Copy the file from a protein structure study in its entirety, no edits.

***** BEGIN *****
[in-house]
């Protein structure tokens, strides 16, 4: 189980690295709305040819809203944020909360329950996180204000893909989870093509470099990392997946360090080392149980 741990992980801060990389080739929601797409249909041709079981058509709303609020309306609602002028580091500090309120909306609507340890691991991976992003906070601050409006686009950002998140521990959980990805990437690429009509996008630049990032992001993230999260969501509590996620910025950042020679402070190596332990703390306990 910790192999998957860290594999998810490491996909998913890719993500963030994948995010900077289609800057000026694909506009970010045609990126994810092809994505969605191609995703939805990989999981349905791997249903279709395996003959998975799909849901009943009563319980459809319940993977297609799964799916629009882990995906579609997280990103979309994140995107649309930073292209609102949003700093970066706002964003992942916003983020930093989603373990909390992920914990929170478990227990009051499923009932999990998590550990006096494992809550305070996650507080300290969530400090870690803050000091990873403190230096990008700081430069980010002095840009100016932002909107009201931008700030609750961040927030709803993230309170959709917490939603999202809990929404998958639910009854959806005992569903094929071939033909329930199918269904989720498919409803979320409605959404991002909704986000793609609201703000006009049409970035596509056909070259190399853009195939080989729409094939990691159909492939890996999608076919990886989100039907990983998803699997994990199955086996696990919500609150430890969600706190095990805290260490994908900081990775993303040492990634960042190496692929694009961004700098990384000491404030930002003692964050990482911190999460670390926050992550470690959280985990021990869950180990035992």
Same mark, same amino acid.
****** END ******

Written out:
[in-house]
């Protein structure tokens, strides 16, 4: 189980690295709305040819809203944020909360329950996180204000893909989870093509470099990392997946360090080392149980 741990992980801060990389080739929601797409249909041709079981058509709303609020309306609602002028580091500090309120909306609507340890691991991976992003906070601050409006686009950002998140521990959980990805990437690429009509996008630049990032992001993230999260969501509590996620910025950042020679402070190596332990703390306990 910790192999998957860290594999998810490491996909998913890719993500963030994948995010900077289609800057000026694909506009970010045609990126994810092809994505969605191609995703939805990989999981349905791997249903279709395996003959998975799909849901009943009563319980459809319940993977297609799964799916629009882990995906579609997280990103979309994140995107649309930073292209609102949003700093970066706002964003992942916003983020930093989603373990909390992920914990929170478990227990009051499923009932999990998590550990006096494992809550305070996650507080300290969530400090870690803050000091990873403190230096990008700081430069980010002095840009100016932002909107009201931008700030609750961040927030709803993230309170959709917490939603999202809990929404998958639910009854959806005992569903094929071939033909329930199918269904989720498919409803979320409605959404991002909704986000793609609201703000006009049409970035596509056909070259190399853009195939080989729409094939990691159909492939890996999608076919990886989100039907990983998803699997994990199955086996696990919500609150430890969600706190095990805290260490994908900081990775993303040492990634960042190496692929694009961004700098990384000491404030930002003692964050990482911190999460670390926050992550470690959280985990021990869950180990035992």
Same mark, same amino acid.